Big thanks to Sandra O'Malley of Enterprise Coaching for this insightful piece for our doctors and private healthcare clients.
The Role of Emotional Intelligence in Supporting the Wellbeing of Doctors
“Doctors must care for themselves and for each other,” is one of the key recommendations from the recent National Study of Wellbeing of Hospital Doctors in Ireland commissioned by the Royal Physicians of Ireland.According to this report, one in three doctors surveyed have experienced burnout and up to 10% of the respondents suffer from severe to extremely severe levels of stress.
With excessive work hours, excessive workloads, complaints from patients and inadequate access to administrative supports, it is not surprising that hospital doctors are experiencing burnout which in turn increases the risk of medical error and patient dissatisfaction.
In the RCPI report, stress was found to be a major factor for hospital doctors with four out of five doctors surveyed confirming significant work stress and with the majority reporting a tendency to over commit to their work.The average working week was found to be 57 hours with only one in five having time for personal or family life due to the commitments of work.It is not surprising that given findings of significant stress and work/life imbalance, there is such a high reported level of burnout.Add to that the finding that 8 out of 10 doctors continue to work when ill or injured and patient safety alarm bells are ringing.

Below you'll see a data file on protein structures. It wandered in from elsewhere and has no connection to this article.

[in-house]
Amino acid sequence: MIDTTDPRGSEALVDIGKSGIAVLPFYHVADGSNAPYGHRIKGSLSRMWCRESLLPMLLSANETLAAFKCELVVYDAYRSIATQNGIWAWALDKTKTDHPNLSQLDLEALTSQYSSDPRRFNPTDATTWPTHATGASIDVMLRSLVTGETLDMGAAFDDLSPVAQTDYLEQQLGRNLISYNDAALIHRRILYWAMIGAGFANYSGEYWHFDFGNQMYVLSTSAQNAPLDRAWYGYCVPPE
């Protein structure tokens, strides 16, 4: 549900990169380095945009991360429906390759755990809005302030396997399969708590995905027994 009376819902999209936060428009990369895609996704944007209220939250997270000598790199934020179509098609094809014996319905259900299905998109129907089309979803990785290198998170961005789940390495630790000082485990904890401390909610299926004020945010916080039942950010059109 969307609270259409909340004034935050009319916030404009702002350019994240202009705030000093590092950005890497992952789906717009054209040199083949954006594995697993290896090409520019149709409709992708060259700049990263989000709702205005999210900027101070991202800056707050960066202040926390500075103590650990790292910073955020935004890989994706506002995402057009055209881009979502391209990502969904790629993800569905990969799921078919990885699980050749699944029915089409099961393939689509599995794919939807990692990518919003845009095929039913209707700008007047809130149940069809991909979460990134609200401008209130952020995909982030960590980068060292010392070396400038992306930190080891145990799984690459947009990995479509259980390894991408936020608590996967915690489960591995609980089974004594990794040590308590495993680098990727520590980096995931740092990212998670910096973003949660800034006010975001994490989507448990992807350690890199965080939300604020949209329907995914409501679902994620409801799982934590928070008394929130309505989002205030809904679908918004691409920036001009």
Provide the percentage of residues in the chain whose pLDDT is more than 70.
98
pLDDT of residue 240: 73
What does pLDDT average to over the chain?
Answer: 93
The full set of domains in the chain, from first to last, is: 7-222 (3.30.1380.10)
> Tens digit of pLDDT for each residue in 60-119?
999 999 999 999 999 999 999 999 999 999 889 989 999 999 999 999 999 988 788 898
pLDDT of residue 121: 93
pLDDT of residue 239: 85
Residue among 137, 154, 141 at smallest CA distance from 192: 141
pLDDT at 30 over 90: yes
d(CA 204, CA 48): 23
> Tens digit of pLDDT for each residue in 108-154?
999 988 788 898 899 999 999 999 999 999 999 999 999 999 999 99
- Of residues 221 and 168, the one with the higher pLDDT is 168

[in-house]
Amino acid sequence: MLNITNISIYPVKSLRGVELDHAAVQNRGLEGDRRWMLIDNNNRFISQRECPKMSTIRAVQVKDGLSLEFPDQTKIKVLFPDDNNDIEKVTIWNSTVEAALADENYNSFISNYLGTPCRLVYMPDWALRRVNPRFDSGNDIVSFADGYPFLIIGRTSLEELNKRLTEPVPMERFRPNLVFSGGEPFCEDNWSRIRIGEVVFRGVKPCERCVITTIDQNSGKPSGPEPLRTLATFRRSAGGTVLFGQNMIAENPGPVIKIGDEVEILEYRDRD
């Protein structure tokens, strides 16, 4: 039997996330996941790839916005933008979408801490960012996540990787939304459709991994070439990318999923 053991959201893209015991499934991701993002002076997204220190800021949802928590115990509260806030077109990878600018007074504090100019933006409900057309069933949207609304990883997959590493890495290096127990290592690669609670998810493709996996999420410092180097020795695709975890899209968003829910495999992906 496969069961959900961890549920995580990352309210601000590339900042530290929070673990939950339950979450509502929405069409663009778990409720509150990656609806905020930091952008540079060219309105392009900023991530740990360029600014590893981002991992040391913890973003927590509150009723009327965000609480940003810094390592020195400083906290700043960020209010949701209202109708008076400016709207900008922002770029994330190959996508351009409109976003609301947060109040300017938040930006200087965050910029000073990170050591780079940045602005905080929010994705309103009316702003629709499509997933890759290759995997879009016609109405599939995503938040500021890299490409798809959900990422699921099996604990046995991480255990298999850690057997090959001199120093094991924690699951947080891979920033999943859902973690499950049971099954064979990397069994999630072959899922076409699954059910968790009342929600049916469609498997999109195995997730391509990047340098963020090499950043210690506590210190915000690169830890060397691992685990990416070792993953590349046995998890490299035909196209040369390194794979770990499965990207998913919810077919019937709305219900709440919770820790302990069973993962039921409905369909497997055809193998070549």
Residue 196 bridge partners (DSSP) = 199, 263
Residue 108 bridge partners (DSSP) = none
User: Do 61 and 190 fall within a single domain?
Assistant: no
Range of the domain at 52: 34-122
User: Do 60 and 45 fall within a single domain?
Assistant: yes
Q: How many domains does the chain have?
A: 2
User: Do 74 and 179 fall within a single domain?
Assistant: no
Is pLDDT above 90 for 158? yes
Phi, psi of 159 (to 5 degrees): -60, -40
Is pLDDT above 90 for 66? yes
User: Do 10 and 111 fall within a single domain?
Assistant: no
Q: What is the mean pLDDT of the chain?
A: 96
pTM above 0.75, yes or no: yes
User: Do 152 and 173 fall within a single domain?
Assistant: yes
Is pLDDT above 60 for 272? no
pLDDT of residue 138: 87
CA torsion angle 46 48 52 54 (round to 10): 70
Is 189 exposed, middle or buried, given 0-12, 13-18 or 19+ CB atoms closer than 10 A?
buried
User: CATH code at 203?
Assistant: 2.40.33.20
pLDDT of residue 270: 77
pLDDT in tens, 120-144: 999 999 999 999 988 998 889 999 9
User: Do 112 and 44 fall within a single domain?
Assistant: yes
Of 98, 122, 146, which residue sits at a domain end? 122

Currently in Ireland, there is a serious issue in terms of poor retention of medical graduates and trainees and it is of interest to note that in the RCPI report, it was found that in general, work stress levels were higher and levels of personal wellbeing lower amongst trainees than in consultants.  In a separate study conducted by the Department of Epidemiology and Public Health Medicine in RCSI into the significant level of emigration of health professionals from Ireland, it was found that respondents mainly emigrated because of difficult working conditions with particular reference to long working hours and uncertain career progression.
So how can doctors care for themselves and others, as recommended in the RCPI Report?The answer lies in emotional intelligence which has a powerful role to play in supporting the wellbeing of doctors and it is important that such a role is appreciated by both doctors and hospital managers.